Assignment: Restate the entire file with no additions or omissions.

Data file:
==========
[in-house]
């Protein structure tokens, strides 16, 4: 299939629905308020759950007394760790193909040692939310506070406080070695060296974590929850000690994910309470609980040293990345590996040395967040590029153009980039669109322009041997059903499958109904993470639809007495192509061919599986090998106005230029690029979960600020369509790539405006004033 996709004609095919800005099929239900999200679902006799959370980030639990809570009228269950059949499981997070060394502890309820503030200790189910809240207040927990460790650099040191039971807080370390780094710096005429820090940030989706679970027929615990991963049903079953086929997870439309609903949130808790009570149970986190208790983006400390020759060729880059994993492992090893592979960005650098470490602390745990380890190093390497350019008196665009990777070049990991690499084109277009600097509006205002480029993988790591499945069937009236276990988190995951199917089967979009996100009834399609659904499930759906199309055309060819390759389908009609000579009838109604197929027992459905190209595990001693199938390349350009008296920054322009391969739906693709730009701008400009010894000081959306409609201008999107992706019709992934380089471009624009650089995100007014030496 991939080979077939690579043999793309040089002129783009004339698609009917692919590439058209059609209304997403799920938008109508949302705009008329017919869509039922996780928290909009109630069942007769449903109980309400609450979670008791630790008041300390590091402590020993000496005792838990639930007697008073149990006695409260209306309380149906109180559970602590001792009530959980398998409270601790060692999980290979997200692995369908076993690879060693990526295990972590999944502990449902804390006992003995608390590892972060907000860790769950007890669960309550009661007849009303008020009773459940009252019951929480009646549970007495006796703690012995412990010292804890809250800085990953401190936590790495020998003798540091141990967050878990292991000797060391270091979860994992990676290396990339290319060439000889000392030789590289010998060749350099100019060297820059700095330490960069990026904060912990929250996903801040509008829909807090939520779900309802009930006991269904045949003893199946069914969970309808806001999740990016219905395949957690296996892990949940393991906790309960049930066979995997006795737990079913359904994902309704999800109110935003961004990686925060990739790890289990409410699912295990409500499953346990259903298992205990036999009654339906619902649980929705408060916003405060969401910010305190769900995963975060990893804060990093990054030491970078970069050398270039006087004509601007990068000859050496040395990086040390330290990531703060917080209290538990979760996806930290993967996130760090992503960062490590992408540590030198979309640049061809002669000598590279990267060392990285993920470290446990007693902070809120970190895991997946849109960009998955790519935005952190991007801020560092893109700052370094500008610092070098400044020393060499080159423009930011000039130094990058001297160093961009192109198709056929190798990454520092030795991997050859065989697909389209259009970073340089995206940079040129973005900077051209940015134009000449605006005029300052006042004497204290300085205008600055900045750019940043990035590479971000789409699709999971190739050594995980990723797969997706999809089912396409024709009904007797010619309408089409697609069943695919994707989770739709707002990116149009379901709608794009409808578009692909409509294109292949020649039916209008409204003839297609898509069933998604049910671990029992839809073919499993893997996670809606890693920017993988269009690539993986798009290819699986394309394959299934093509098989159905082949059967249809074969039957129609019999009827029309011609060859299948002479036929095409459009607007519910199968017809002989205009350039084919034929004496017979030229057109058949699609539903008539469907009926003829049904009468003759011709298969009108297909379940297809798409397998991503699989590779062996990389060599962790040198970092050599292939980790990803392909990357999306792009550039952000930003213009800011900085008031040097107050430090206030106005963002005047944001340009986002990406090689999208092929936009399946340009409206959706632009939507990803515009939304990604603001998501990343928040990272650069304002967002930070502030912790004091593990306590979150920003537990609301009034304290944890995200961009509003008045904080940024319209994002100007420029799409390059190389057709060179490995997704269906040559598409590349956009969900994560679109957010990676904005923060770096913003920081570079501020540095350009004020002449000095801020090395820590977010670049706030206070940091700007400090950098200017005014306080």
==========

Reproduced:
[in-house]
């Protein structure tokens, strides 16, 4: 299939629905308020759950007394760790193909040692939310506070406080070695060296974590929850000690994910309470609980040293990345590996040395967040590029153009980039669109322009041997059903499958109904993470639809007495192509061919599986090998106005230029690029979960600020369509790539405006004033 996709004609095919800005099929239900999200679902006799959370980030639990809570009228269950059949499981997070060394502890309820503030200790189910809240207040927990460790650099040191039971807080370390780094710096005429820090940030989706679970027929615990991963049903079953086929997870439309609903949130808790009570149970986190208790983006400390020759060729880059994993492992090893592979960005650098470490602390745990380890190093390497350019008196665009990777070049990991690499084109277009600097509006205002480029993988790591499945069937009236276990988190995951199917089967979009996100009834399609659904499930759906199309055309060819390759389908009609000579009838109604197929027992459905190209595990001693199938390349350009008296920054322009391969739906693709730009701008400009010894000081959306409609201008999107992706019709992934380089471009624009650089995100007014030496 991939080979077939690579043999793309040089002129783009004339698609009917692919590439058209059609209304997403799920938008109508949302705009008329017919869509039922996780928290909009109630069942007769449903109980309400609450979670008791630790008041300390590091402590020993000496005792838990639930007697008073149990006695409260209306309380149906109180559970602590001792009530959980398998409270601790060692999980290979997200692995369908076993690879060693990526295990972590999944502990449902804390006992003995608390590892972060907000860790769950007890669960309550009661007849009303008020009773459940009252019951929480009646549970007495006796703690012995412990010292804890809250800085990953401190936590790495020998003798540091141990967050878990292991000797060391270091979860994992990676290396990339290319060439000889000392030789590289010998060749350099100019060297820059700095330490960069990026904060912990929250996903801040509008829909807090939520779900309802009930006991269904045949003893199946069914969970309808806001999740990016219905395949957690296996892990949940393991906790309960049930066979995997006795737990079913359904994902309704999800109110935003961004990686925060990739790890289990409410699912295990409500499953346990259903298992205990036999009654339906619902649980929705408060916003405060969401910010305190769900995963975060990893804060990093990054030491970078970069050398270039006087004509601007990068000859050496040395990086040390330290990531703060917080209290538990979760996806930290993967996130760090992503960062490590992408540590030198979309640049061809002669000598590279990267060392990285993920470290446990007693902070809120970190895991997946849109960009998955790519935005952190991007801020560092893109700052370094500008610092070098400044020393060499080159423009930011000039130094990058001297160093961009192109198709056929190798990454520092030795991997050859065989697909389209259009970073340089995206940079040129973005900077051209940015134009000449605006005029300052006042004497204290300085205008600055900045750019940043990035590479971000789409699709999971190739050594995980990723797969997706999809089912396409024709009904007797010619309408089409697609069943695919994707989770739709707002990116149009379901709608794009409808578009692909409509294109292949020649039916209008409204003839297609898509069933998604049910671990029992839809073919499993893997996670809606890693920017993988269009690539993986798009290819699986394309394959299934093509098989159905082949059967249809074969039957129609019999009827029309011609060859299948002479036929095409459009607007519910199968017809002989205009350039084919034929004496017979030229057109058949699609539903008539469907009926003829049904009468003759011709298969009108297909379940297809798409397998991503699989590779062996990389060599962790040198970092050599292939980790990803392909990357999306792009550039952000930003213009800011900085008031040097107050430090206030106005963002005047944001340009986002990406090689999208092929936009399946340009409206959706632009939507990803515009939304990604603001998501990343928040990272650069304002967002930070502030912790004091593990306590979150920003537990609301009034304290944890995200961009509003008045904080940024319209994002100007420029799409390059190389057709060179490995997704269906040559598409590349956009969900994560679109957010990676904005923060770096913003920081570079501020540095350009004020002449000095801020090395820590977010670049706030206070940091700007400090950098200017005014306080």